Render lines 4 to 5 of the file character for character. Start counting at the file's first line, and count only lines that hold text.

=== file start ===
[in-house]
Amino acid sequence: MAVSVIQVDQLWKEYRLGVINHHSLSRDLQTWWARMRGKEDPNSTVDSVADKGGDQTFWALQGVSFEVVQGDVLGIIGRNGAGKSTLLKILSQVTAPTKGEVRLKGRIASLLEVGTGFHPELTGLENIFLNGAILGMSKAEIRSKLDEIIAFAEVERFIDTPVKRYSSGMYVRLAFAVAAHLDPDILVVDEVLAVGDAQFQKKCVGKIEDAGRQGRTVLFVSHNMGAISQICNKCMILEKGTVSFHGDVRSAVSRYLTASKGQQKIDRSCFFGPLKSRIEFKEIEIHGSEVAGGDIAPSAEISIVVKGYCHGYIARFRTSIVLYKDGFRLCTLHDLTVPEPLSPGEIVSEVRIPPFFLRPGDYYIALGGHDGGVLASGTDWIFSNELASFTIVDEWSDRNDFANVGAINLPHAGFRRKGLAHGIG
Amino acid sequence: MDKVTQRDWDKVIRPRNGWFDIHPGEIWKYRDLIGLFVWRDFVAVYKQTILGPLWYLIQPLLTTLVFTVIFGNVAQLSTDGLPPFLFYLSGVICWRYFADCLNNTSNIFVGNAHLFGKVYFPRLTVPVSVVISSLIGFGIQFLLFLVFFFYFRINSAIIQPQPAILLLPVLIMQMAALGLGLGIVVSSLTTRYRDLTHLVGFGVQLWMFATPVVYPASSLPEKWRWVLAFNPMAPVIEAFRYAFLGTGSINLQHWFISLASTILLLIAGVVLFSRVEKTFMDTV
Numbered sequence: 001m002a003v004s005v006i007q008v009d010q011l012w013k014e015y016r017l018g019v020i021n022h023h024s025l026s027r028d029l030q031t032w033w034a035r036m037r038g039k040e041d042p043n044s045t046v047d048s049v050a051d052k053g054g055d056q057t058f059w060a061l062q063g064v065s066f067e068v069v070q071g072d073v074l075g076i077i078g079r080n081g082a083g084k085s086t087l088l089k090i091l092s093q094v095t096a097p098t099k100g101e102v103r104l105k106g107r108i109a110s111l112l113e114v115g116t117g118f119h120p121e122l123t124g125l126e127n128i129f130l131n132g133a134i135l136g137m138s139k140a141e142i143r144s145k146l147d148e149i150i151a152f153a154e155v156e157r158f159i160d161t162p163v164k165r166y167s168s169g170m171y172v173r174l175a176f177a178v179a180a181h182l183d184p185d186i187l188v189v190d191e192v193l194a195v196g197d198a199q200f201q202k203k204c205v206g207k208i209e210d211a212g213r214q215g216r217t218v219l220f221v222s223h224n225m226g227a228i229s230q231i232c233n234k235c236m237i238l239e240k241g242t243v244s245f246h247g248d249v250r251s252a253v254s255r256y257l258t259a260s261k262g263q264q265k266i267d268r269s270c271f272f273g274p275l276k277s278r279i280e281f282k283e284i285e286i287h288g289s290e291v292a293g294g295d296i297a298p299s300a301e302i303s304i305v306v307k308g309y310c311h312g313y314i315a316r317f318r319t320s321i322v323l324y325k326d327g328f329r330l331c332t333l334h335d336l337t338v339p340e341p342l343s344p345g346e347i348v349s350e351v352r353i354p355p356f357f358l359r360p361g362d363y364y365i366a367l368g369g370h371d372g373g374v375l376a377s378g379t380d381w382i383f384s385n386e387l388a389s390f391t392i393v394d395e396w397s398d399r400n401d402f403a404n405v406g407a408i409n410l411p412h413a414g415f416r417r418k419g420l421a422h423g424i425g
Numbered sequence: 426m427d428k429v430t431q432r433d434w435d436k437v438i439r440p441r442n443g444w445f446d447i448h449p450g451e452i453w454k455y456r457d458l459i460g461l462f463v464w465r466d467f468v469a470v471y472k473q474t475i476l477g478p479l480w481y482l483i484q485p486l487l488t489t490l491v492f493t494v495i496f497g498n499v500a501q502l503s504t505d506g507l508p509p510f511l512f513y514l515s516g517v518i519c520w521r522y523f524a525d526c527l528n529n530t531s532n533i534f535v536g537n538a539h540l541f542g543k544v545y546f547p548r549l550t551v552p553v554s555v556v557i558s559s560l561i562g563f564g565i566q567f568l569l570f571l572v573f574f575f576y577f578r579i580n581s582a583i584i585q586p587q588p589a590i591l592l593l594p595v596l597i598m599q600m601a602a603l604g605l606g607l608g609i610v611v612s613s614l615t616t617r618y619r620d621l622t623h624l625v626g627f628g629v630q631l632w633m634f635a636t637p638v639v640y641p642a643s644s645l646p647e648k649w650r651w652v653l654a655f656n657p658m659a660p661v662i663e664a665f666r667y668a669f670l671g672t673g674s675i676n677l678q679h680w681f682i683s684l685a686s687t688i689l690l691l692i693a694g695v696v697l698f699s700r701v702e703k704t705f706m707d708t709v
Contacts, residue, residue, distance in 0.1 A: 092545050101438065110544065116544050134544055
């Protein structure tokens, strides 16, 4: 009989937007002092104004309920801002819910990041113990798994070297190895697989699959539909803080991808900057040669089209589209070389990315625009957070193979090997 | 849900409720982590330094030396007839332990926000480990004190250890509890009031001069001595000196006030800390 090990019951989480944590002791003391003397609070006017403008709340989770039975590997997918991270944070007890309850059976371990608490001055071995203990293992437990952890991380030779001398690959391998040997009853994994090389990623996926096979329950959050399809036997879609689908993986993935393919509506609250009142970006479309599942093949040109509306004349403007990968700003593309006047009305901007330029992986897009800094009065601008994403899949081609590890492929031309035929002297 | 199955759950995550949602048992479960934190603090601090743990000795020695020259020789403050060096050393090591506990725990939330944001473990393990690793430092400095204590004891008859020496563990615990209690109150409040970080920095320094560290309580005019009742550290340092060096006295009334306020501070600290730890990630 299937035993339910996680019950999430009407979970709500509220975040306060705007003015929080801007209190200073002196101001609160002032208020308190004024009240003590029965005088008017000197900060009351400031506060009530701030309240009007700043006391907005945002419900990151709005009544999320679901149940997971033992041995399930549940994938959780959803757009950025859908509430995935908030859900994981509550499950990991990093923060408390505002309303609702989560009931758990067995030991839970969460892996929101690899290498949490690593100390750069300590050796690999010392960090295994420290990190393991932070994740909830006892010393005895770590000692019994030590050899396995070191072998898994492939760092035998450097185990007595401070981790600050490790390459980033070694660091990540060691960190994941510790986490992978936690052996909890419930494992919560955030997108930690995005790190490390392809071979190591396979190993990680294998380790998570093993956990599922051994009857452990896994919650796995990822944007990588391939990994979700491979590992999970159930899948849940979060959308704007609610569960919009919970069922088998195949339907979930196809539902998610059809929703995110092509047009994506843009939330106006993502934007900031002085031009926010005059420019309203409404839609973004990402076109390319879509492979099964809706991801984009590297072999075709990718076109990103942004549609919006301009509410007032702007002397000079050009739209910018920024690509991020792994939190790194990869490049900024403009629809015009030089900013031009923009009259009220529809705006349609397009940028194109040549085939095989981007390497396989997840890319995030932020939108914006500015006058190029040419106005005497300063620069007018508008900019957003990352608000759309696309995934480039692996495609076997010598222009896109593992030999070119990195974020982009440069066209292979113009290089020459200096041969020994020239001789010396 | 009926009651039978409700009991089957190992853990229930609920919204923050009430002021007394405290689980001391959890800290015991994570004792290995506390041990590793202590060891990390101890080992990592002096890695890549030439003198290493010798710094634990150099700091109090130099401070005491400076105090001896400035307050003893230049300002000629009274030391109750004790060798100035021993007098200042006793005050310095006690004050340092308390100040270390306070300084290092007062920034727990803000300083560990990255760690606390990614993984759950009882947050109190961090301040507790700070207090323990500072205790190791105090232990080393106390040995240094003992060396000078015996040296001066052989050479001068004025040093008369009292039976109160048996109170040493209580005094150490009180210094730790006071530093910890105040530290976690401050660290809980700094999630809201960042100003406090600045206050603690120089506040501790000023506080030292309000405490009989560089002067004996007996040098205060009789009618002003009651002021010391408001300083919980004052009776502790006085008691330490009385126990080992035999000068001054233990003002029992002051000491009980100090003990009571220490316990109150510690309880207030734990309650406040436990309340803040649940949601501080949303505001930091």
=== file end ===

Numbered sequence: 001m002a003v004s005v006i007q008v009d010q011l012w013k014e015y016r017l018g019v020i021n022h023h024s025l026s027r028d029l030q031t032w033w034a035r036m037r038g039k040e041d042p043n044s045t046v047d048s049v050a051d052k053g054g055d056q057t058f059w060a061l062q063g064v065s066f067e068v069v070q071g072d073v074l075g076i077i078g079r080n081g082a083g084k085s086t087l088l089k090i091l092s093q094v095t096a097p098t099k100g101e102v103r104l105k106g107r108i109a110s111l112l113e114v115g116t117g118f119h120p121e122l123t124g125l126e127n128i129f130l131n132g133a134i135l136g137m138s139k140a141e142i143r144s145k146l147d148e149i150i151a152f153a154e155v156e157r158f159i160d161t162p163v164k165r166y167s168s169g170m171y172v173r174l175a176f177a178v179a180a181h182l183d184p185d186i187l188v189v190d191e192v193l194a195v196g197d198a199q200f201q202k203k204c205v206g207k208i209e210d211a212g213r214q215g216r217t218v219l220f221v222s223h224n225m226g227a228i229s230q231i232c233n234k235c236m237i238l239e240k241g242t243v244s245f246h247g248d249v250r251s252a253v254s255r256y257l258t259a260s261k262g263q264q265k266i267d268r269s270c271f272f273g274p275l276k277s278r279i280e281f282k283e284i285e286i287h288g289s290e291v292a293g294g295d296i297a298p299s300a301e302i303s304i305v306v307k308g309y310c311h312g313y314i315a316r317f318r319t320s321i322v323l324y325k326d327g328f329r330l331c332t333l334h335d336l337t338v339p340e341p342l343s344p345g346e347i348v349s350e351v352r353i354p355p356f357f358l359r360p361g362d363y364y365i366a367l368g369g370h371d372g373g374v375l376a377s378g379t380d381w382i383f384s385n386e387l388a389s390f391t392i393v394d395e396w397s398d399r400n401d402f403a404n405v406g407a408i409n410l411p412h413a414g415f416r417r418k419g420l421a422h423g424i425g
Numbered sequence: 426m427d428k429v430t431q432r433d434w435d436k437v438i439r440p441r442n443g444w445f446d447i448h449p450g451e452i453w454k455y456r457d458l459i460g461l462f463v464w465r466d467f468v469a470v471y472k473q474t475i476l477g478p479l480w481y482l483i484q485p486l487l488t489t490l491v492f493t494v495i496f497g498n499v500a501q502l503s504t505d506g507l508p509p510f511l512f513y514l515s516g517v518i519c520w521r522y523f524a525d526c527l528n529n530t531s532n533i534f535v536g537n538a539h540l541f542g543k544v545y546f547p548r549l550t551v552p553v554s555v556v557i558s559s560l561i562g563f564g565i566q567f568l569l570f571l572v573f574f575f576y577f578r579i580n581s582a583i584i585q586p587q588p589a590i591l592l593l594p595v596l597i598m599q600m601a602a603l604g605l606g607l608g609i610v611v612s613s614l615t616t617r618y619r620d621l622t623h624l625v626g627f628g629v630q631l632w633m634f635a636t637p638v639v640y641p642a643s644s645l646p647e648k649w650r651w652v653l654a655f656n657p658m659a660p661v662i663e664a665f666r667y668a669f670l671g672t673g674s675i676n677l678q679h680w681f682i683s684l685a686s687t688i689l690l691l692i693a694g695v696v697l698f699s700r701v702e703k704t705f706m707d708t709v